Tuesday, August 22, 2006

Down the flow chart

I have long used the metaphor of the flow chart to describe the various steps that it is going to take to get Woody out of this NICU, starting with step one, get intubated, step two, breathe, step three, survive getting some IV lines installed, step four, survive the trip into NICU, step 785, get a full ride scholarship to college. Of course it doesn't exactly look like the neat flow of progress, because there are always things that can cycle you back up the flow chart, such as 'get re-intubated', and then you get this feeling that you and your wife are going to be coming to the NICU to visit your child until the end of time. Today was not one of those days. Woody got moved back to the nasal cannula, which marks a high water line of his time in the NICU. The nurse on today re-strung his gastric line through his nose, too, which means that for the first time he has, as a matter of course, nothing in his mouth. We are very happy with the progress, although it's still pretty tenuous in the sense that Woody could still decide to go back up the flow chart and get re-CPAPped or worse, so it's hard to be as happy as we could until it's clear that he can handle the changes.

Woody's oxygen needs are a little higher on the cannula, which is to be expected. The CPAP was blowing (theoretically) 7 units (cm H2O) of pressure, and the cannula is a high-flow variety that maxes out at 4, although in practice it's only blowing about 2 in equivalent PEEP (an acronym that, regrettably, does not refer to marshmallow birds). So the difference in the pressure support means that he's doing that much more of the work of getting the air into his lungs, so it makes sense that as he does more of the work he needs a little more oxygen in order to get to the same equivalent blood saturations. Nonetheless, he's still been under 50% for the most part, as low as 40%, so it's not that bad. Prior to the switch off the CPAP, he was averaging in the low 30s with his best periods in the high 20s. I expect to see him come down on his O2 needs slowly but steadily. He also didn't get a blood gas test today, but will tomorrow, so we'll continue to be able to follow the raw objective statistics for comparison purposes. The subjective observations, however, continue to show that he's doing pretty darn good, so we're happy about it.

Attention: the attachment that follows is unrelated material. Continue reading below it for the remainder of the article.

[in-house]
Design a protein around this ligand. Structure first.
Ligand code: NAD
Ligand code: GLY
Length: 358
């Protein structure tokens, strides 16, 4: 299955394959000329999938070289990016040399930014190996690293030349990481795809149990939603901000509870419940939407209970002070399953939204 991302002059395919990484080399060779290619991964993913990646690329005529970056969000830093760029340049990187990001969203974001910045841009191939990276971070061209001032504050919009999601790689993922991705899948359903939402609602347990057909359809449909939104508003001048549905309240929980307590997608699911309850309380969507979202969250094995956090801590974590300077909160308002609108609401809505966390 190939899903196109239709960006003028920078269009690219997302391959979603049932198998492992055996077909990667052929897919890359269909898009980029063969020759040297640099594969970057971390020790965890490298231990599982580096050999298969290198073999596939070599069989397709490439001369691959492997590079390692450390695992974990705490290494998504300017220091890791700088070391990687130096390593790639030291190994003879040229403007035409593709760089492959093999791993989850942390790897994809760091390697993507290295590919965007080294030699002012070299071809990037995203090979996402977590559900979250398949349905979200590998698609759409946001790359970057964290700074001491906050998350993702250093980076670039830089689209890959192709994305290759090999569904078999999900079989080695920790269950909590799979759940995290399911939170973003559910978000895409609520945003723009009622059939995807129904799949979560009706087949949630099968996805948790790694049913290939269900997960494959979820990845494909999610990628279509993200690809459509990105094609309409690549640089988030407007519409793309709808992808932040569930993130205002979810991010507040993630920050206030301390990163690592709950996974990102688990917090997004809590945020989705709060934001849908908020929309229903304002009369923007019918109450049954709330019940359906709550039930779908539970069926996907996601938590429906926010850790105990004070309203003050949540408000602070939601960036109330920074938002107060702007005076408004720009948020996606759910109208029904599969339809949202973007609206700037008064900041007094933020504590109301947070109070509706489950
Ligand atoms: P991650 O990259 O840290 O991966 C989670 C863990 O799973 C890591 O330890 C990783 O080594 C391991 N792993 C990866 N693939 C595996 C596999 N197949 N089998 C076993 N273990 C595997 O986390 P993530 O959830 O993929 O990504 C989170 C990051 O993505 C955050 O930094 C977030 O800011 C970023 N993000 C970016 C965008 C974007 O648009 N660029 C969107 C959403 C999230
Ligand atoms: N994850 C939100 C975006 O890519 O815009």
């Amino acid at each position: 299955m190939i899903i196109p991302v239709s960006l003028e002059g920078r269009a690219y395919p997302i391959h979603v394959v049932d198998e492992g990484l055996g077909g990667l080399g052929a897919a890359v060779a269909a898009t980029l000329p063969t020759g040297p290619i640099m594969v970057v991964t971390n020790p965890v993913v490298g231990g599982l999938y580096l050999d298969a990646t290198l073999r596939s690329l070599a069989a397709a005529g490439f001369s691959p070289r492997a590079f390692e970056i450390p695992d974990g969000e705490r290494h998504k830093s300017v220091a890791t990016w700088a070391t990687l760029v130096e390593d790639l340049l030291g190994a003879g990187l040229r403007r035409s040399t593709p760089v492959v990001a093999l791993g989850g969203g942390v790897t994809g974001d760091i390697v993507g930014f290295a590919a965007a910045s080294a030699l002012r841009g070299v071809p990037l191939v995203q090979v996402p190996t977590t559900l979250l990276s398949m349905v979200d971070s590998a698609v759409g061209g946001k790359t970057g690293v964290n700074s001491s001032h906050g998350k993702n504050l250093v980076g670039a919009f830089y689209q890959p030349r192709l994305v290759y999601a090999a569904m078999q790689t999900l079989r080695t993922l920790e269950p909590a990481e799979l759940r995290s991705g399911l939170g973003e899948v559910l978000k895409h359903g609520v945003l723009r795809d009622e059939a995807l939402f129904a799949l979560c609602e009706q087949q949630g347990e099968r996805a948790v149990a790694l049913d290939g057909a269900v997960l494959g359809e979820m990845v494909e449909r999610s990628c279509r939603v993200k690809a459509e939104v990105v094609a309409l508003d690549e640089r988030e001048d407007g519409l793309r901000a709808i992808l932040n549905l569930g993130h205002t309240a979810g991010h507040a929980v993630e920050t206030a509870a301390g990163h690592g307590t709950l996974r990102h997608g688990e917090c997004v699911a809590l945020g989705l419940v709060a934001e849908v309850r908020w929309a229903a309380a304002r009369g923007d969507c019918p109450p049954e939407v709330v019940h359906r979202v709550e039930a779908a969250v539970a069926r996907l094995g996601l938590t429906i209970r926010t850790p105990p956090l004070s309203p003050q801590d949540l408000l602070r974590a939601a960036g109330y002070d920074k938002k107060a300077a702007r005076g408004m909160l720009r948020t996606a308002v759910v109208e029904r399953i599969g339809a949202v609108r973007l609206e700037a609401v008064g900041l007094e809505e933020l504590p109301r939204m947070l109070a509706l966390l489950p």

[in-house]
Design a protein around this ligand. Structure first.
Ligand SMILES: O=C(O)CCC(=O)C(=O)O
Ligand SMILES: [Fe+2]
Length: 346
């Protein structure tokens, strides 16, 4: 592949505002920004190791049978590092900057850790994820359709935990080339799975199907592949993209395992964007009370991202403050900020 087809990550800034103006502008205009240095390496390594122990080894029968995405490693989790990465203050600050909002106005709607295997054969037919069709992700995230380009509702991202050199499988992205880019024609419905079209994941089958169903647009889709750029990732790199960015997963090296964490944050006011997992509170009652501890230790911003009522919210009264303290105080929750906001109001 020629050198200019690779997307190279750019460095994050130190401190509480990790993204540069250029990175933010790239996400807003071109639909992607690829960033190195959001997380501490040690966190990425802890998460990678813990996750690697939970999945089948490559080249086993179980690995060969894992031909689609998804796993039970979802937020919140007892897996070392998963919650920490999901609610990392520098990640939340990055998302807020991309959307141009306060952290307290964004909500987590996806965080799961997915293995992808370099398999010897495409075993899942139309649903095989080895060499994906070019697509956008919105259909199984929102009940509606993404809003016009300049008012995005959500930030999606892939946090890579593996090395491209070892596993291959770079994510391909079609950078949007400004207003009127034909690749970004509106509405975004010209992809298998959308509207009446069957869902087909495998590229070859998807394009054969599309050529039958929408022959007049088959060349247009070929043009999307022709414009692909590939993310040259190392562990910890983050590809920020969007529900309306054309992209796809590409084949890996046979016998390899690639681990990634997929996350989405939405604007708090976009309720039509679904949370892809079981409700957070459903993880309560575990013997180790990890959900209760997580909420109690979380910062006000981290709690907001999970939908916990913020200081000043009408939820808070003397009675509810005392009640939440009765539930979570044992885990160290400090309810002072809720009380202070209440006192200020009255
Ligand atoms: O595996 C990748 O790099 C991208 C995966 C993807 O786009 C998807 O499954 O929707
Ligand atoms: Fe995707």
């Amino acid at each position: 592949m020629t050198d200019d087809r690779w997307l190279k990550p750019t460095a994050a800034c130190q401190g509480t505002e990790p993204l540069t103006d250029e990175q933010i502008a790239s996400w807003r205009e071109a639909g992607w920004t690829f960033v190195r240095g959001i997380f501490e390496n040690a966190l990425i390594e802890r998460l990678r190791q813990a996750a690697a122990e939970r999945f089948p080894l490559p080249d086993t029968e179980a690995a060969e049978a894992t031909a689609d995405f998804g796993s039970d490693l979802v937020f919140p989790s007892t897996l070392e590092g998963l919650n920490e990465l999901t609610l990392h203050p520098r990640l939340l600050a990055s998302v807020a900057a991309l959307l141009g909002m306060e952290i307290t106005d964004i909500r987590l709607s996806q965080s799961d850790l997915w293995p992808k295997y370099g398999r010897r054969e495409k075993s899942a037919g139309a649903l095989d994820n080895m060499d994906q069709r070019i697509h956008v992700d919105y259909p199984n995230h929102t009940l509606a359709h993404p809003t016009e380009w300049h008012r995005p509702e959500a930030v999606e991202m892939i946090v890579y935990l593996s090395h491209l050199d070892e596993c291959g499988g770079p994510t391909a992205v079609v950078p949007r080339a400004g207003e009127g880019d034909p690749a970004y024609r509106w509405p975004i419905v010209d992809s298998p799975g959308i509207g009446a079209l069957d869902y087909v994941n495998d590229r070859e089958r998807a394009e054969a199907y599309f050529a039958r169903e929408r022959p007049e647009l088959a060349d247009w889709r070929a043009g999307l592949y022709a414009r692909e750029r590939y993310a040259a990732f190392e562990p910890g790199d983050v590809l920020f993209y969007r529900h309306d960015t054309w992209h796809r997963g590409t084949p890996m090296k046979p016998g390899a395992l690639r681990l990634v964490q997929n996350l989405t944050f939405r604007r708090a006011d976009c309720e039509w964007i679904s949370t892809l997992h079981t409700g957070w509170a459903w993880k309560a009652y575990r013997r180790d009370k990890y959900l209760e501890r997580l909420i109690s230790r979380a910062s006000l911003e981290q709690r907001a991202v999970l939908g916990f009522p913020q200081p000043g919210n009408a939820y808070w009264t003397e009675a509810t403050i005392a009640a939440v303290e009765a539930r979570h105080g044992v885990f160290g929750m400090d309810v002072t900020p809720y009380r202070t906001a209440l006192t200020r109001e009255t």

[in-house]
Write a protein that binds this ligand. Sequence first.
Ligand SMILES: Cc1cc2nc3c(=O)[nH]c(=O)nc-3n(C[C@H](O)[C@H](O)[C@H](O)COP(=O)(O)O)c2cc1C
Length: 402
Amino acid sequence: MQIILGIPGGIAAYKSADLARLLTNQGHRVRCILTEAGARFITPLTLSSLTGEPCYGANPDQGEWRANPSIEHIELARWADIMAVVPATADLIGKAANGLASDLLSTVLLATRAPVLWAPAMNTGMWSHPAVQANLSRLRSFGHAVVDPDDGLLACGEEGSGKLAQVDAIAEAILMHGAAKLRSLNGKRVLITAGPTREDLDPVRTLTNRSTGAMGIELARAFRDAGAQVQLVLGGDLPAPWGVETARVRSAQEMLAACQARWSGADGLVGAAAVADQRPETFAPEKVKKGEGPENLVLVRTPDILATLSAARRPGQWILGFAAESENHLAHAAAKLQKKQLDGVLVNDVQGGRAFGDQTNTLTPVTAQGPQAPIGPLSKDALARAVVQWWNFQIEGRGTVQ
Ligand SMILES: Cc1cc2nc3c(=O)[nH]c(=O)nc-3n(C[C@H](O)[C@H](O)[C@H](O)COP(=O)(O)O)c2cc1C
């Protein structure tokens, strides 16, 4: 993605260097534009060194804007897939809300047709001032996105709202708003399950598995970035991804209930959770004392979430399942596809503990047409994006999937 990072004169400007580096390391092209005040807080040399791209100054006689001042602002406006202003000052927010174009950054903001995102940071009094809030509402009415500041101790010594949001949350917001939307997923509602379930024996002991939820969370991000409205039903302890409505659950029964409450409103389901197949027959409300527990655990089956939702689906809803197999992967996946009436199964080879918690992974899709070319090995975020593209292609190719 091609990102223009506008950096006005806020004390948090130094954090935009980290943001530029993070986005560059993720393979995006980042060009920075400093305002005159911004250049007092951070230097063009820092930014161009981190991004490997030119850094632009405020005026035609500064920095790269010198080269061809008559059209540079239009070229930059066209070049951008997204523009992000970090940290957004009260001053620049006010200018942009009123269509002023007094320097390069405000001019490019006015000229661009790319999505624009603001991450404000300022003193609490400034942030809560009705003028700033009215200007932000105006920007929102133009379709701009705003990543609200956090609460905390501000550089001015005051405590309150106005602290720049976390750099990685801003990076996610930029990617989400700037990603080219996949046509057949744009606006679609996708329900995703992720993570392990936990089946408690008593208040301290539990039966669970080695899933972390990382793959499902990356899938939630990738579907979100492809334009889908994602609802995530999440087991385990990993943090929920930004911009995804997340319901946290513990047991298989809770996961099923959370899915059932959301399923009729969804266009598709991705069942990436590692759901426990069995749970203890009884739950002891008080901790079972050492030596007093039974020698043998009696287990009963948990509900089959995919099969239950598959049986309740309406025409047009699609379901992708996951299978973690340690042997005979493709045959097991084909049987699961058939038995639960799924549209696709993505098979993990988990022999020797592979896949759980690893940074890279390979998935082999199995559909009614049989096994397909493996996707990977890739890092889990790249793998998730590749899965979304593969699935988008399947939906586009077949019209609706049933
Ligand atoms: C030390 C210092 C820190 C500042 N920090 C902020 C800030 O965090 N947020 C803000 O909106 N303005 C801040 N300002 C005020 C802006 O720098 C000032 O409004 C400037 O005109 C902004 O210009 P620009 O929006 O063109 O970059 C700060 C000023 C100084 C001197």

Woody's great grandmother in Corpus Christi has had some health issues and some surgeries herself recently, but it sounds like she's doing better. We are, of course, thinking about her every day and feeling great solidarity for the time she has to be in the hospital. I understand that in mentioning her theory about kids needing to cry to develop her lungs she was non-plussed at the idea that it was a "theory." I assure you, grandmother, in the strongest possible terms that I meant that being a theory in the same way that gravity is a theory, i.e., the scientific use of the term.*

*I was going to try to explain this further, but I had this prescient vision of Bill Hooker, the Woodyblog Comments resident pedant (xoxoxoxox), correcting me for a poor explanation. Bill, wanna take this one?

5 Comments:

At 9:13 PM, Anonymous Aunt Susan said...

Glad to hear all is going so well. The picture of the family is fabulous!! He is so chubby!!! I love him and wish I could give him a squeeze.

 
At 7:07 AM, Anonymous Anonymous said...

I too love the new picture.

Much love to Woody and Grandmother.

Kevin

 
At 7:55 AM, Anonymous Grammie said...

You folks clean up real nice. Love you!

 
At 2:12 PM, Blogger Bill Hooker said...

Being a Resident Pedant and Full of Vegemite Besides, I cannot resist an invitation to mount a favourite soapbox. "Theory" is a very different word in different settings: in casual conversation, it often implies a certain looseness or uncertainty, whereas in scientific terms it means "as nearly certain an idea as we can get hold of". The problem is that, contrary to popular misconception, science is not about certainty -- you won't get a scientist to say, except as a convenient conversational shorthand, that we "know" anything. The most we'll usually allow is that all the information we have supports this or that particular model of how the world works. When we have a very great deal of supporting information for a model, we refer to it as a theory. When the supporting information amounts to overwhelming evidence, it used to be common to refer to the model as a "law", such as the "law" of gravity. The fashion has largely changed, and modern science seldom if ever refers to the "law" of anything; it's too definite-sounding a term for minds that, for instance, watched Einstein revise Newton's ideas and then found themselves mired in quantum mechanics. This is pretty much the only reason that no one refers to the "Law of Evolution" instead of the "theory of evolution", and it's why, when the Intelligent Design (aka "Establishment Of Religion By Stealth") crowd repeats ad nauseam that "evolution is just a theory", they betray a profound misunderstanding of what a scientific theory is.

Wikipedia is pretty good on this topic, for those who are interested in more detail. The bottom line is that Woody's great-grandmother need not be offended if her grandson describes one of her ideas as a "theory"; indeed, it's a compliment.

 
At 2:34 PM, Blogger Nathan said...

Thanks Bill!

xoxoxox

 

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